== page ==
‘It’s a Limbo’: Grad Students, Frustrated by Harvard’s Response to Bullying Complaint, Petition for Reform
Community Groups Promote Vaccine Awareness Among Cambridge Residents of Color
Students Celebrate Upcoming Harvard-Yale Game at CEB Spirit Week
Harvard Epidemiologist Michael Mina Resigns, Appointed Chief Science Officer at eMed
Harvard Likely to Loosen Campus Covid Restrictions in the Spring, Garber Says
Harvard's Title IX Office has fully shifted to remote communication and continued operations as usual in the wake of the University’s instruction for students and administrators to leave campus for the remainder of the semester.
University Title IX Officer Nicole M. Merhill said in an interview Monday that her office has continued to receive and respond to disclosures submitted through its Anonymous Disclosure tool — a system which has functioned as an online resource for students since its debut in October 2019.
“We get a ping as soon as a disclosure goes into the system. And so we’re managing those in the exact same way that we would be if we were in the office — there’s no change whatsoever,” Merhill said.
According to Merhill, any delays in the time it takes coordinators to respond to student disclosures are due to information gathering rather than challenges posed by online communication.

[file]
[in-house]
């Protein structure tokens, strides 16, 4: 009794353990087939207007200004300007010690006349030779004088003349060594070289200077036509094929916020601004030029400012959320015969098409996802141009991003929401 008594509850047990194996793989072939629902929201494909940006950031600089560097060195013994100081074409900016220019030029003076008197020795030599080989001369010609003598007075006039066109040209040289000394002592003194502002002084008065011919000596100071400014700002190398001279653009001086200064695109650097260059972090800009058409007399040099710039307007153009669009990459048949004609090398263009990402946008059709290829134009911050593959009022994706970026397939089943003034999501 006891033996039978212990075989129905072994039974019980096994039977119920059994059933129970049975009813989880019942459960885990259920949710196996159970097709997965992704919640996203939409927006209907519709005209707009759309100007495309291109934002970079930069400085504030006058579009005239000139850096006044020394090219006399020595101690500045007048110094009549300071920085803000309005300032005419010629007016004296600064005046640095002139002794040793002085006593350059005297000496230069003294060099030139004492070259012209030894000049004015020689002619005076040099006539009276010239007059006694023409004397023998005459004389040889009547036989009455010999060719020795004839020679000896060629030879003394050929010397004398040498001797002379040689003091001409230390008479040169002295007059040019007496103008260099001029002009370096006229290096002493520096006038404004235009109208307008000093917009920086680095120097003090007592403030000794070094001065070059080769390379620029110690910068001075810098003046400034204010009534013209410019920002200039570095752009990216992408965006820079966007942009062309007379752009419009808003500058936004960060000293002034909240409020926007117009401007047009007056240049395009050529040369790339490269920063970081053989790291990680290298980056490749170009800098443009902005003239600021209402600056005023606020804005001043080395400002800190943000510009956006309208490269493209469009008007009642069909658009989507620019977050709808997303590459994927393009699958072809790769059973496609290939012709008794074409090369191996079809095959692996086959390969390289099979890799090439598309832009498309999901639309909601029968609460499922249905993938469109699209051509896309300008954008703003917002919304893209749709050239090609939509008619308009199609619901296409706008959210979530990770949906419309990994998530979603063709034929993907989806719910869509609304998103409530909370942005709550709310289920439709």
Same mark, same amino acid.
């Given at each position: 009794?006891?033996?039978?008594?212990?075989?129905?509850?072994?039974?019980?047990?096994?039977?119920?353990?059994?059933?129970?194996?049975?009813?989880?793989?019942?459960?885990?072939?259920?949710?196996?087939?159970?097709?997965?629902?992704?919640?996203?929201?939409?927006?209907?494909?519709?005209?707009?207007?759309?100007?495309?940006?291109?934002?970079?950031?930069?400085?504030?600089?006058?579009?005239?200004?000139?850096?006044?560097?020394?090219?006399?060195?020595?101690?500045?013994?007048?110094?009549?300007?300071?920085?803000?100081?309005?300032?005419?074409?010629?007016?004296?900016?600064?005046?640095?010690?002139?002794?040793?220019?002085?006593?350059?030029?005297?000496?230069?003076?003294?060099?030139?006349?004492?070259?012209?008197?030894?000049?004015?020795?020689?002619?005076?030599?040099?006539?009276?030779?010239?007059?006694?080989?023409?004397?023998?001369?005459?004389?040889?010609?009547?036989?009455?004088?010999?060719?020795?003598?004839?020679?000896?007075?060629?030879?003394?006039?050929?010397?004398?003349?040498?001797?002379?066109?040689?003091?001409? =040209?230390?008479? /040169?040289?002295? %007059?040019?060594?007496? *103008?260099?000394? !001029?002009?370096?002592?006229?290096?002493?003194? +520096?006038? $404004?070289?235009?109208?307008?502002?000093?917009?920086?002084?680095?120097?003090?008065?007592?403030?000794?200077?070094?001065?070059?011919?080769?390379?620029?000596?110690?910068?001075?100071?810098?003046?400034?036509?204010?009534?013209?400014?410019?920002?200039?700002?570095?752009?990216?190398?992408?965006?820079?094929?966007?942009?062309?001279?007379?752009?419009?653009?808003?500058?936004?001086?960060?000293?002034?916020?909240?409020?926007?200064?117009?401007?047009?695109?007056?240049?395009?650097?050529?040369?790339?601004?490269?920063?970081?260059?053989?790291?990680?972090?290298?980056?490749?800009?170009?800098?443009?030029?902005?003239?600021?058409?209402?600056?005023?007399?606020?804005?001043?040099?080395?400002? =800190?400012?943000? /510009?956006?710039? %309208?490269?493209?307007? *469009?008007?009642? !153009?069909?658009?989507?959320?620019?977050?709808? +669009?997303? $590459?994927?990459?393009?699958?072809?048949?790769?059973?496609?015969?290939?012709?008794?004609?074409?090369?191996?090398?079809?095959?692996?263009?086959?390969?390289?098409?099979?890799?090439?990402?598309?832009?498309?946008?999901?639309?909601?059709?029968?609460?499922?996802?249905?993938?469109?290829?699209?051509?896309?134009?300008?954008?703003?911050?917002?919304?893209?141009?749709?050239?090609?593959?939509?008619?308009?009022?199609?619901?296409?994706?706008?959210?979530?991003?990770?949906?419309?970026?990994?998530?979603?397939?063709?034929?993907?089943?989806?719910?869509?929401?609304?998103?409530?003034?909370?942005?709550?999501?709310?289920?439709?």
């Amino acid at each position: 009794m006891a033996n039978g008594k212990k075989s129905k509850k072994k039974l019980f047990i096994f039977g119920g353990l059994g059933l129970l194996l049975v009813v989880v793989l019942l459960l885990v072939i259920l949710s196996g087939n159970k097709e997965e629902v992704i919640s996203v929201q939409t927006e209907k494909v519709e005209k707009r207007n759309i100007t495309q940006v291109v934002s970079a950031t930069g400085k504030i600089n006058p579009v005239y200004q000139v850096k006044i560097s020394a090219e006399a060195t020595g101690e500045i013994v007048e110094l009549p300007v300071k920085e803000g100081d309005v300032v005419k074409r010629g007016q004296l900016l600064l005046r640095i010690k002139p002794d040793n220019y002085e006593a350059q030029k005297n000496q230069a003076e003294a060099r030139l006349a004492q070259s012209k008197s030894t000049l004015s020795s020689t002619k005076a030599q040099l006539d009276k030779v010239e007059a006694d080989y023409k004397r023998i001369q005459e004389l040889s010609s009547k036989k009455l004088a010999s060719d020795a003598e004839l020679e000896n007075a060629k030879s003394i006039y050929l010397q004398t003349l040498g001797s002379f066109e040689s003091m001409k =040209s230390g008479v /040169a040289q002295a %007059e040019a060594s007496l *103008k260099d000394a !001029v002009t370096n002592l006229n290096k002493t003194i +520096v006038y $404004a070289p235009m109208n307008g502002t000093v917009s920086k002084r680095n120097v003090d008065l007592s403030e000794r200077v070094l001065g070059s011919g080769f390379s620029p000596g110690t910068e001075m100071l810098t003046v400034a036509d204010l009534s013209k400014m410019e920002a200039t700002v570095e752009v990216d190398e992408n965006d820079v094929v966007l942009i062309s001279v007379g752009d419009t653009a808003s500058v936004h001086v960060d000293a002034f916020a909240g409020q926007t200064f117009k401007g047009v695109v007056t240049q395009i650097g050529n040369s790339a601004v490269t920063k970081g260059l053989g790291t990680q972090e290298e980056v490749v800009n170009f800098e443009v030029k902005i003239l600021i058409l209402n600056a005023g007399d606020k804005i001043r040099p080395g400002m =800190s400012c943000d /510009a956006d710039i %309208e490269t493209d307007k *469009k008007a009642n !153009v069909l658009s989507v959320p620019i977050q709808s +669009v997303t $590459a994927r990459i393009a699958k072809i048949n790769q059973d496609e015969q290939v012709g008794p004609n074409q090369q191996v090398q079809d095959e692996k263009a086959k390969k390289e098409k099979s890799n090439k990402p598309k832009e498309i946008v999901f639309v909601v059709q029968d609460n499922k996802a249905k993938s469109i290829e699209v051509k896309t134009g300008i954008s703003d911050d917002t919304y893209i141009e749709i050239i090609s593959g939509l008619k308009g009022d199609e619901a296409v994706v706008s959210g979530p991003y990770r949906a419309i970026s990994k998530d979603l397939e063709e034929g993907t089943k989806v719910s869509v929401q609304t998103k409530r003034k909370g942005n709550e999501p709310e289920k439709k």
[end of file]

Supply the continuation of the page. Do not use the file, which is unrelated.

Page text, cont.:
“We’re adhering to our goal of responding to those within 24 hours — any delays to that would be really solely related to ensuring that we’re providing consistent information and responses,” Merhill said. “But that’s not impacted in any way, shape, or form by the situation that we’re in of being at home.”
With regard to non-anonymous disclosures from students, Title IX officers have also continued to receive those via email or by phone. Formal complaints will continue to be addressed as usual by the Office of Dispute Resolution.
“I think one of the benefits for both the Title IX Office and the Office of Dispute Resolution is that we both have, in advance of this, extensive experience working remotely,” Merhill said. “These tools were not and are not new to us.”
The Title IX Office will also continue its work developing online training modules, holding discussions with student liaison groups, and delivering “in-person” training for athletic coaches in real-time on Zoom.
However, not all of the office's plans have continued wholly uninterrupted. The Title IX Office, along with some Harvard faculty, planned to pilot a new bystander intervention program this spring, but will delay the project due to restrictions on conducting human subject research from afar.
But while the outbreak might pose an obstacle to the bystander training project, Merhill said the transition to remote communication also presents an opportunity to develop other aspects of programming from the Title IX office.
“I said to the team, let’s take advantage of this as an opportunity,” Merhill said. “We have to ourselves engage virtually. Let’s take the lessons learned of what’s working for us, what’s not working for us, and think about that as we’re designing online initiatives for our students.”
—Staff writer Isabel L. Isselbacher can be reached at firstname.lastname@example.org.
Want to keep up with breaking news? Subscribe to our email newsletter.